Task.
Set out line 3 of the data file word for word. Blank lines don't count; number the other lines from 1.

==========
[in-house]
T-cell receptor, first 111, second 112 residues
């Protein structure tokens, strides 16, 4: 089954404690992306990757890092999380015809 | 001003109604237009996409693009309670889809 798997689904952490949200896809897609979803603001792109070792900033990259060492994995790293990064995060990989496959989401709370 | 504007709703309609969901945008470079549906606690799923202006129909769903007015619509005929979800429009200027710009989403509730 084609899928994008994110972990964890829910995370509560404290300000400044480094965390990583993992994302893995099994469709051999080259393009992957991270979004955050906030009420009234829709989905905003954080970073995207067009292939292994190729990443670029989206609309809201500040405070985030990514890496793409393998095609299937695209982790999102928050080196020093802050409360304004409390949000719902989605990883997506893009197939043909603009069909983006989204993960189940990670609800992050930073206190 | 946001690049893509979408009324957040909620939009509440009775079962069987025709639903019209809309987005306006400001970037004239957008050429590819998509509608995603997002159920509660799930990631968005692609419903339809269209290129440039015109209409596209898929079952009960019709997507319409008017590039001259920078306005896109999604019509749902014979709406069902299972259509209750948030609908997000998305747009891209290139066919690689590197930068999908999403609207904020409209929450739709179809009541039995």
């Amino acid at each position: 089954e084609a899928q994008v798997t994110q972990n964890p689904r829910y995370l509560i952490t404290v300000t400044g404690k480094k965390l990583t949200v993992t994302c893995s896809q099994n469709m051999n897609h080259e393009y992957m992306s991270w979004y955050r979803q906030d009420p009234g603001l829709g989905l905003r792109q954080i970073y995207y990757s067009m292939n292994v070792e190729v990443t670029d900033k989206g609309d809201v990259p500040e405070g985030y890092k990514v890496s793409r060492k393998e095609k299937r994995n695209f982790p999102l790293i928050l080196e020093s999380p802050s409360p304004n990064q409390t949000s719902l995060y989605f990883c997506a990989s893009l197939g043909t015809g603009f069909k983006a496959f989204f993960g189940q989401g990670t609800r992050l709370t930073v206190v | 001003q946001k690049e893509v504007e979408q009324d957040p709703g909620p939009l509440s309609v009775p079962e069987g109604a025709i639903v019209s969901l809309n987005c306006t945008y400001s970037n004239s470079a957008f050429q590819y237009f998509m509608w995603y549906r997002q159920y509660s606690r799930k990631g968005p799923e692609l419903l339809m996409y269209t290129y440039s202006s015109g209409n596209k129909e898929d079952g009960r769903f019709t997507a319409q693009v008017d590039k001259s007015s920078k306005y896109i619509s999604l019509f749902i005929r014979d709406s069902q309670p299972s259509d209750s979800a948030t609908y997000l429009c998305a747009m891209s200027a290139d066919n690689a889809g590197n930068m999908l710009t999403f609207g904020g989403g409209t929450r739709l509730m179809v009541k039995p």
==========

């Protein structure tokens, strides 16, 4: 089954404690992306990757890092999380015809 | 001003109604237009996409693009309670889809 798997689904952490949200896809897609979803603001792109070792900033990259060492994995790293990064995060990989496959989401709370 | 504007709703309609969901945008470079549906606690799923202006129909769903007015619509005929979800429009200027710009989403509730 084609899928994008994110972990964890829910995370509560404290300000400044480094965390990583993992994302893995099994469709051999080259393009992957991270979004955050906030009420009234829709989905905003954080970073995207067009292939292994190729990443670029989206609309809201500040405070985030990514890496793409393998095609299937695209982790999102928050080196020093802050409360304004409390949000719902989605990883997506893009197939043909603009069909983006989204993960189940990670609800992050930073206190 | 946001690049893509979408009324957040909620939009509440009775079962069987025709639903019209809309987005306006400001970037004239957008050429590819998509509608995603997002159920509660799930990631968005692609419903339809269209290129440039015109209409596209898929079952009960019709997507319409008017590039001259920078306005896109999604019509749902014979709406069902299972259509209750948030609908997000998305747009891209290139066919690689590197930068999908999403609207904020409209929450739709179809009541039995």